Marrying Your Networks

Carter & Charli smiling

Carter & Charli smiling

While I was listening to the Empowering Women Podcast, I heard the phrase “Marrying Your Networks.”  I thought, this is another way of describing my passion for connecting.   I enjoy the challenge of taking two seemingly different groups of people and finding a common bond. I also think we can learn so much if we take the time to listen to other point of views.  So many times, people see “different” and avoid the situation completely.  I see difference as an asset.

Sometimes I do find myself with an uncomfortable feeling around a stranger.  Now, I am not talking about the “RUN, you are in Danger!” uncomfortable. (This should be given immediate attention!)  I’m talking about the person looks different or views the world differently than me, and I don’t know what to say to them uncomfortable.

I think about this a lot in my own business and family.  Each of my children are on a completely different wave length…

To tie this into our daily work, I’ll use Carter and I as an example.  When it comes to Sales & Marketing, we are like oil & water. We usually agree with the final result or goal, but we go about the work completely differently.

Me: Focused on customer at all times and how they feel about working with us.

Carter: Focused on the details of customer expectations and measurable results.

Now, both of these are very important to ensuring success in the overall customer experience. However, these differences can cause some confusion at times.  If we take into account the other person’s goals and how they process information needed to make a decision, we can learn how to communicate in a language the other person can understand better.

Thinking of the other person’s communication style and goals:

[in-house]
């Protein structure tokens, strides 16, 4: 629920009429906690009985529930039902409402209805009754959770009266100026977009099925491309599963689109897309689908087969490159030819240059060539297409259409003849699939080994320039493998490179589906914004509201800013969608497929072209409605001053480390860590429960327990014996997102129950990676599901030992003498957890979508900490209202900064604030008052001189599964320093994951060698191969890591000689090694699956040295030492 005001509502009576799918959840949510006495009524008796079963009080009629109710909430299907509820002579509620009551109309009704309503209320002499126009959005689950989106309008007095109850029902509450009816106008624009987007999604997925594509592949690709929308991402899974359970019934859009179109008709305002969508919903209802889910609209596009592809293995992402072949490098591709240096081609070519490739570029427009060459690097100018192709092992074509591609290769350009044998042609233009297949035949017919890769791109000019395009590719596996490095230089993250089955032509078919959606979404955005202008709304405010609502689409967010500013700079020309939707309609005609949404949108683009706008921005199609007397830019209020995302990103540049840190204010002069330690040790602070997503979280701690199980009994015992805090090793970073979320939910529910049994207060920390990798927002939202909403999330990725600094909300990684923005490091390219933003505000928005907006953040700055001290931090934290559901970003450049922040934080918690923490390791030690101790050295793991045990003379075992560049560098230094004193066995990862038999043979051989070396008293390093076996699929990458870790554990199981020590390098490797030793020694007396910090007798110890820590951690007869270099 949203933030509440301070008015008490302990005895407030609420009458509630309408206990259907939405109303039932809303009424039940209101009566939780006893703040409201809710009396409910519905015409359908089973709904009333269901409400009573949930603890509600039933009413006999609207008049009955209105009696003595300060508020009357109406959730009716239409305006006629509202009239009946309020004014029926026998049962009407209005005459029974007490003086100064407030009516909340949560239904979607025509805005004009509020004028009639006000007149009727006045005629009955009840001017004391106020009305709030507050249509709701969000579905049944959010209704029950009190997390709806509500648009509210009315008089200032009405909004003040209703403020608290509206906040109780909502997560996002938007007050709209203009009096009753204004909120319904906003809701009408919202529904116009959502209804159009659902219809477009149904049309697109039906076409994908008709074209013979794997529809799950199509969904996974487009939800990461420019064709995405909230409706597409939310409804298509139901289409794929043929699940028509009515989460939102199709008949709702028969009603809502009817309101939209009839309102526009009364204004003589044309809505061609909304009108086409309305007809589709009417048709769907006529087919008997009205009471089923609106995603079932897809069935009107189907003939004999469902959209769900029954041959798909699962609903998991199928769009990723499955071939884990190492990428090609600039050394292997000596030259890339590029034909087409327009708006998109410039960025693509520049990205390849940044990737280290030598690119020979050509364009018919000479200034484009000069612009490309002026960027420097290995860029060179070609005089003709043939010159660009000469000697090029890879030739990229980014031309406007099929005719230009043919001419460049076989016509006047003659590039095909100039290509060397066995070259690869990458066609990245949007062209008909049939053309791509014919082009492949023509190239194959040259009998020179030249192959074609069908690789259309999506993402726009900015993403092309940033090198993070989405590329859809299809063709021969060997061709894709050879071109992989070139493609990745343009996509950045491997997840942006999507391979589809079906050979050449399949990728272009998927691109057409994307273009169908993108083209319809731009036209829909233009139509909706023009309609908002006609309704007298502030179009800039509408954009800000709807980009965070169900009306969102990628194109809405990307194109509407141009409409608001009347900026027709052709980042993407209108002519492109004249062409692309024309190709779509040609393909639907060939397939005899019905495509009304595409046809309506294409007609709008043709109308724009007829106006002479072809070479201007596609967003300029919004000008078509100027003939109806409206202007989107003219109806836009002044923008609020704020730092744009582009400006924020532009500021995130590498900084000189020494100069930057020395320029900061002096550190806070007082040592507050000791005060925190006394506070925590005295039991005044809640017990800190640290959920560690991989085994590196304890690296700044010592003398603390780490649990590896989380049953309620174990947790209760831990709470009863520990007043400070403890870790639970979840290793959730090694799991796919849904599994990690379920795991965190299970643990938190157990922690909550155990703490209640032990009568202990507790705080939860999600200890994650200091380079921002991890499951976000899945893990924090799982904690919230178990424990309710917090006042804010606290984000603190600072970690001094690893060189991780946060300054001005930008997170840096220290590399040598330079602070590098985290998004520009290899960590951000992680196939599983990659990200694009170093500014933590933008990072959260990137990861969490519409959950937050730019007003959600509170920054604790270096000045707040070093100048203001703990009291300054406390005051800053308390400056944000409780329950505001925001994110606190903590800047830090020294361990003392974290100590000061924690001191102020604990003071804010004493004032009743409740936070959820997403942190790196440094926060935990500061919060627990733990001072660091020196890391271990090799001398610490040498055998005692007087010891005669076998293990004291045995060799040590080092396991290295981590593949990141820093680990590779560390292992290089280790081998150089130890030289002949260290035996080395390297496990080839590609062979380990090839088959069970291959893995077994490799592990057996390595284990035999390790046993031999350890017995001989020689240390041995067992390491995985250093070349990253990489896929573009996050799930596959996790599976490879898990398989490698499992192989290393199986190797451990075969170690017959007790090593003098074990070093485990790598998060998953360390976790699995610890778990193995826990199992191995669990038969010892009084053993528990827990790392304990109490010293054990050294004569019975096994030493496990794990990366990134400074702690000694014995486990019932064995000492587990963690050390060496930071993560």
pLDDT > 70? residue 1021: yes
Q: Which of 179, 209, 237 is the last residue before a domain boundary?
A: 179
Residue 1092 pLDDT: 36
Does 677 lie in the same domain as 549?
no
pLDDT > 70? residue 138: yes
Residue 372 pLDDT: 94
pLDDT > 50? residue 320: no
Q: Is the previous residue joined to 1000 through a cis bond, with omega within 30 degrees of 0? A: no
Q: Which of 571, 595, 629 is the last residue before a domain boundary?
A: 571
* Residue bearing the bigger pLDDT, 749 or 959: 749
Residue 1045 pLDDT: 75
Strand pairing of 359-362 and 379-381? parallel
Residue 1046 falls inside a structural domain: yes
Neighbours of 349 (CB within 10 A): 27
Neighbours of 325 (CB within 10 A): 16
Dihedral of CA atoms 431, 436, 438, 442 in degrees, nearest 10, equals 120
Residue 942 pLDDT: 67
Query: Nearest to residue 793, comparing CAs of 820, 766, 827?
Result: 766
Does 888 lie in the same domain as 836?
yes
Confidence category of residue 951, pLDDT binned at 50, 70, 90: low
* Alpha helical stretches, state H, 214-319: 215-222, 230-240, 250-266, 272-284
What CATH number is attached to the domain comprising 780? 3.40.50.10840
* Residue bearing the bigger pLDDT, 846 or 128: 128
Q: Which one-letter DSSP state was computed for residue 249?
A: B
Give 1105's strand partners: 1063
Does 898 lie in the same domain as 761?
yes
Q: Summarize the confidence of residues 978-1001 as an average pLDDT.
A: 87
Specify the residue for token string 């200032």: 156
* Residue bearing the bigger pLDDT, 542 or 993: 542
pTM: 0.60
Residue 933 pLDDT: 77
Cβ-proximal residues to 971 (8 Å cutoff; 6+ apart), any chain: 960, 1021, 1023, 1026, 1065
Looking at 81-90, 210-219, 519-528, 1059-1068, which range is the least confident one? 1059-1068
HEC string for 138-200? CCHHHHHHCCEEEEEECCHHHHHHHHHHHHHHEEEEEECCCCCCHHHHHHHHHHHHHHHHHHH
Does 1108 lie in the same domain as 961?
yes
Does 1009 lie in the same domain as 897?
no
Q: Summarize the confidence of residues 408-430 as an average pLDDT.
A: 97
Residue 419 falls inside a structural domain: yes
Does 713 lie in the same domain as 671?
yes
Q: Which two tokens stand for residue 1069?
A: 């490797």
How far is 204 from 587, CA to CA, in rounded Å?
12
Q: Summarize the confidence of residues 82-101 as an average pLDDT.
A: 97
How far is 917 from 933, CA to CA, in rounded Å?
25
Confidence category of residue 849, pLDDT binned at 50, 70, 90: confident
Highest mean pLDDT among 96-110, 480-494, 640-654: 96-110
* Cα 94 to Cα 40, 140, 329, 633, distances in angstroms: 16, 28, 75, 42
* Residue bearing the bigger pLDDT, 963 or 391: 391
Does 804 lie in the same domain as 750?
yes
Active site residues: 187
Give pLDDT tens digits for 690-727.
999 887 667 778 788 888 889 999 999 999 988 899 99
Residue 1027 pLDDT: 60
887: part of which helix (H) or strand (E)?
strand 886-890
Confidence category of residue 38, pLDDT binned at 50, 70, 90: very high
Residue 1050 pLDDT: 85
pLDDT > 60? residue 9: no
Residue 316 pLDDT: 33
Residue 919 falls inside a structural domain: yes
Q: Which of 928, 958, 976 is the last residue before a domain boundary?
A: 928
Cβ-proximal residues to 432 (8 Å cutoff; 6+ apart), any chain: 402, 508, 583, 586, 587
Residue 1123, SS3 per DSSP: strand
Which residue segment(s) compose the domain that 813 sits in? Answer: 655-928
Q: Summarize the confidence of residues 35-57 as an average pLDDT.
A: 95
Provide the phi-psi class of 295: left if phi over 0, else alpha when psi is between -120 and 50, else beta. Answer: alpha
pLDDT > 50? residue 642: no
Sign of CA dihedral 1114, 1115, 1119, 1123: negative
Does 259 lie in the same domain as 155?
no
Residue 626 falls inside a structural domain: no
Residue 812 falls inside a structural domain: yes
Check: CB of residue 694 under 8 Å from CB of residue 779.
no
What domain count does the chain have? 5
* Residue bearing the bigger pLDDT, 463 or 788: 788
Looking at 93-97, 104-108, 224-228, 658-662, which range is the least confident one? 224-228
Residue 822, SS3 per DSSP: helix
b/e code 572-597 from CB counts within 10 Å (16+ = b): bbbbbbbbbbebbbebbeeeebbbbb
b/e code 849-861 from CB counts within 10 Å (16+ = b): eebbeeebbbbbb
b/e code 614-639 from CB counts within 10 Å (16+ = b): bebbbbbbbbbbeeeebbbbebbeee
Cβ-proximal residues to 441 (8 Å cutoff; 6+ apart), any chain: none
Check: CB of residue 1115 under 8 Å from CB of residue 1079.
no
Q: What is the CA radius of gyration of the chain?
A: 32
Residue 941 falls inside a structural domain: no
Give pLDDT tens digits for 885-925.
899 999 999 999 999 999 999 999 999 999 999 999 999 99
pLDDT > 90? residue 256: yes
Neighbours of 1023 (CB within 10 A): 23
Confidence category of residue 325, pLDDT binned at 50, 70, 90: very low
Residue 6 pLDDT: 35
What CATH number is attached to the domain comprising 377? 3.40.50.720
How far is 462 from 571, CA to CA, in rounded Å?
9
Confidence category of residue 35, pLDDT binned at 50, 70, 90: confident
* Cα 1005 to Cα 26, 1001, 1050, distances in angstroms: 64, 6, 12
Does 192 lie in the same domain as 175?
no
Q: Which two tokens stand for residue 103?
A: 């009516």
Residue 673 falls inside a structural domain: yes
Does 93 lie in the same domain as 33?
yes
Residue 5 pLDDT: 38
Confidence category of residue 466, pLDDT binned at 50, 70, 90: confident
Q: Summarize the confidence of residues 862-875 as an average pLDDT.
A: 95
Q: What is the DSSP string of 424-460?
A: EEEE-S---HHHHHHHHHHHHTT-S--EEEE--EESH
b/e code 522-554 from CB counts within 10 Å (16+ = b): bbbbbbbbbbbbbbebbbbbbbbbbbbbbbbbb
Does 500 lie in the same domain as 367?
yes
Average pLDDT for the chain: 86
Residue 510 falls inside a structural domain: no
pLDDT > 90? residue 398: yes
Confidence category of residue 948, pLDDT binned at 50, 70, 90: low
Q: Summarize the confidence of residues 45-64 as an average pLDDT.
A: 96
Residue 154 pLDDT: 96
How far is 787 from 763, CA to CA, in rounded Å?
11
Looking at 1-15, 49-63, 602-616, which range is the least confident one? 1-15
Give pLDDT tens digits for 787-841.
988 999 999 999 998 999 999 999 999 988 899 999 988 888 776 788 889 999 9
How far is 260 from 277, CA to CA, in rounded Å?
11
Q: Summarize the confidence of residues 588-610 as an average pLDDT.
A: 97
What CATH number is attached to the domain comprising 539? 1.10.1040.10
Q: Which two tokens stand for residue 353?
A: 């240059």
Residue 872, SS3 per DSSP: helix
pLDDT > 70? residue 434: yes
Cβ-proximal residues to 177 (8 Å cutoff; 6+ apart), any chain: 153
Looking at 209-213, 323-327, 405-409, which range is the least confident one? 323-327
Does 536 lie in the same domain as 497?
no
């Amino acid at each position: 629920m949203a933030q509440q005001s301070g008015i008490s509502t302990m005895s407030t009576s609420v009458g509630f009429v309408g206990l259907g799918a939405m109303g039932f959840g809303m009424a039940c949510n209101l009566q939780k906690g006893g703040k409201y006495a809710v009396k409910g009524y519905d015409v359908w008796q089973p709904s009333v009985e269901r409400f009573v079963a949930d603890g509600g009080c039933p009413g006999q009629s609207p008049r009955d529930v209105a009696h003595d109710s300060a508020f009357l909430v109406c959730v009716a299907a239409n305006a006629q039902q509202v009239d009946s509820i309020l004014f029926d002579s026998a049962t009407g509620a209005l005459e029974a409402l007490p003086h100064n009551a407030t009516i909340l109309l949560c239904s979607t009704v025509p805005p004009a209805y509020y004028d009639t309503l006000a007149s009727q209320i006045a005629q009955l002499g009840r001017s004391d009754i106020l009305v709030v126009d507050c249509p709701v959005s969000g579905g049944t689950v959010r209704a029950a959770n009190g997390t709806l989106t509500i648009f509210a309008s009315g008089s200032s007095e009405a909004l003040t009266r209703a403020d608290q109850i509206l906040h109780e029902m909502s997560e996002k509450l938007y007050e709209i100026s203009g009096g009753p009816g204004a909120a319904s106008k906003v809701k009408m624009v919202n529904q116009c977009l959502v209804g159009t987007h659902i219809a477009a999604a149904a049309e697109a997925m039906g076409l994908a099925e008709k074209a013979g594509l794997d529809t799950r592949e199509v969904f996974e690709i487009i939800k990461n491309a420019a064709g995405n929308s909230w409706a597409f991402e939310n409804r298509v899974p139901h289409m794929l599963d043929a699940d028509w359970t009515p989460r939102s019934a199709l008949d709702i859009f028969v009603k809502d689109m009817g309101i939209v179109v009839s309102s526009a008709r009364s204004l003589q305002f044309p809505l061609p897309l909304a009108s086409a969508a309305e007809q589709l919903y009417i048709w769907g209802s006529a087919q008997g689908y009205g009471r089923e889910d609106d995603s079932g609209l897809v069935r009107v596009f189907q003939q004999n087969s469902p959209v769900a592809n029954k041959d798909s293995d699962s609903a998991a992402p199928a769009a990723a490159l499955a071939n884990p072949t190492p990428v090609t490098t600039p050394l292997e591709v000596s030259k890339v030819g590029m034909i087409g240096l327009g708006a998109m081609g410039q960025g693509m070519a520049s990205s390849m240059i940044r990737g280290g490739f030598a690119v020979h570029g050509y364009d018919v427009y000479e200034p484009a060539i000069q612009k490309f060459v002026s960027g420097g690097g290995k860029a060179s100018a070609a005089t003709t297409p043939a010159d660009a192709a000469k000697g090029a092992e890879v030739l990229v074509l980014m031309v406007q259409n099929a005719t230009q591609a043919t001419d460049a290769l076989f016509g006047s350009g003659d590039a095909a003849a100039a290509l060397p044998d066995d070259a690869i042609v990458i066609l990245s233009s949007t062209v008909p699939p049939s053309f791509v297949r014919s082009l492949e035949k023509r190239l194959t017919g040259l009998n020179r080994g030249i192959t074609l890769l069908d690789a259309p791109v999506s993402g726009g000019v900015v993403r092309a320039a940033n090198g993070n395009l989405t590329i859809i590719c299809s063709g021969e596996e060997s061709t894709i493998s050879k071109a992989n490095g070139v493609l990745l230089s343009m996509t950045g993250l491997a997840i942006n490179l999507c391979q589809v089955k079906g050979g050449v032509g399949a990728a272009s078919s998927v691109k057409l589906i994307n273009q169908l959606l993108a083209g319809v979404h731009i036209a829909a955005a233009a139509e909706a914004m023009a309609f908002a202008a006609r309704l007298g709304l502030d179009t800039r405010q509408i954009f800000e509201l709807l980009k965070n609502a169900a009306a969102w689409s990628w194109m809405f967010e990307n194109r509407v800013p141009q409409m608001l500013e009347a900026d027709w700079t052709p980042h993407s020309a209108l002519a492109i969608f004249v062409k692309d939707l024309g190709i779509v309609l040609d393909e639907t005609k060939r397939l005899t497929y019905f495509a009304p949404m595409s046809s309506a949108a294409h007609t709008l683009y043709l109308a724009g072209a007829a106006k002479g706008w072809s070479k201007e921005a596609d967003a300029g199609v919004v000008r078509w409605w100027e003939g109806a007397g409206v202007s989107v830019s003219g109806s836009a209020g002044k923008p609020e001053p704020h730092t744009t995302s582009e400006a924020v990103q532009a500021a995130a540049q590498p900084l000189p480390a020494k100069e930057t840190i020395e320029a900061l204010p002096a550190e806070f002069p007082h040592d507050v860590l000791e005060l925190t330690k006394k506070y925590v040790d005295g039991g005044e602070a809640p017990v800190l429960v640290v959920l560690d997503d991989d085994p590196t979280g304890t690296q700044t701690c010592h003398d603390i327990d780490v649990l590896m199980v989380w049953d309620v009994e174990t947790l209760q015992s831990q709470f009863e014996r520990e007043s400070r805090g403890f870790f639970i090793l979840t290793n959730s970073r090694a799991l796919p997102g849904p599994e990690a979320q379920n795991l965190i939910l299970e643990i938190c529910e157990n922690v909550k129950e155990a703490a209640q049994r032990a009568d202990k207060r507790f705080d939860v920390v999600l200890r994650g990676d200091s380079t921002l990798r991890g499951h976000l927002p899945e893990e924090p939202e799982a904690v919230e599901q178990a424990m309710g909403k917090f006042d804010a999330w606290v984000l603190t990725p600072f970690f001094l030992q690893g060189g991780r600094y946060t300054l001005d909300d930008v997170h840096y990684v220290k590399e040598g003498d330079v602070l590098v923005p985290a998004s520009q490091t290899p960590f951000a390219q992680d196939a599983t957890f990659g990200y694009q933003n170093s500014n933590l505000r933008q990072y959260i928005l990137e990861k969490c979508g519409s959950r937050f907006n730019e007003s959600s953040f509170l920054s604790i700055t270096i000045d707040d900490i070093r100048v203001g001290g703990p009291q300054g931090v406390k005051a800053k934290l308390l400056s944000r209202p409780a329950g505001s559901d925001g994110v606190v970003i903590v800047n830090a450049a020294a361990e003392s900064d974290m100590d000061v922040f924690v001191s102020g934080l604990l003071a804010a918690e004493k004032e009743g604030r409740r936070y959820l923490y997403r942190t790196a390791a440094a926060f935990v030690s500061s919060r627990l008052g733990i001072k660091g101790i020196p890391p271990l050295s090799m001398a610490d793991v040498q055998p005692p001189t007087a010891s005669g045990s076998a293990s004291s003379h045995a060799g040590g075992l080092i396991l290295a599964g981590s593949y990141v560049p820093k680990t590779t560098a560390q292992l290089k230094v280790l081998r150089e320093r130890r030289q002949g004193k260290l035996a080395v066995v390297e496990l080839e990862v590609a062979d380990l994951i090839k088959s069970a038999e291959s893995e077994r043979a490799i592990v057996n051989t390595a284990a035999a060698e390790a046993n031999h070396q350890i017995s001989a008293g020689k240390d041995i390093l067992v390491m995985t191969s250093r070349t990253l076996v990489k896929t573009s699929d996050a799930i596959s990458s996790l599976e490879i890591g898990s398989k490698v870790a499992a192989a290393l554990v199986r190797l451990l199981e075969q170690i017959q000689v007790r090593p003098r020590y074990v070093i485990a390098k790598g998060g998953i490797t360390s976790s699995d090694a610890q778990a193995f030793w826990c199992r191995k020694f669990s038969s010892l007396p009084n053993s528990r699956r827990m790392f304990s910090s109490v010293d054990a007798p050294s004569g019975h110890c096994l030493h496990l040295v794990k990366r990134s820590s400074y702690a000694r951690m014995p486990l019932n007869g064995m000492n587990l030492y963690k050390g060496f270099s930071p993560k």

Carter could say to me, “I think the customer would feel better about their program if they received________.”

I could say, “Based on this stat, we should be doing more ________.”

This is a simple example of how we can communicate differently with people just by taking in their point of view.  As we look to grow our networks to grow industry, I challenge you to connect with a person outside of your normal “looks like me, thinks like me” circle.  You will be surprised what you learn about yourself while listening to another person’s story.  Also, if you go into these networking opportunities with a mindset of helping the other person accomplish their goals, this is where the magic happens!  Marrying networks with a common goal make us better, faster, and stronger!

I’d love to hear your tips for better communication with people outside your comfort zone.

Reflecting on episode 7 of the Empowering Women Podcast

You_got_this photo with podcast
I really enjoyed the last two episodes because they opened my eyes to additional career paths that are meaningful and have an element of responsibility to our communities.
Drena’s story makes me feel like I am getting something right in terms of leadership. Fascinated that STEM careers can include things like makeup counters which I do spend time at from time to time.  So many areas to talk about, but I’ll focus on these areas: Mentoring, Leadership, Belief.
One reason Drena was successful in her career was because she actively seeks mentors and sponsors strategically along her path. As she looked to grow in an area or skill, she would look to a leader in that space to sponsor or educate her in the skills she needed.
I loved how she discussed how her career was mostly influencing others’ behaviors. She discussed how influencing is basically done through storytelling and listening for pain points or problems that can be solved.  Communication is key to the success of a business.  The better we can communicate with others, the better our workforce becomes.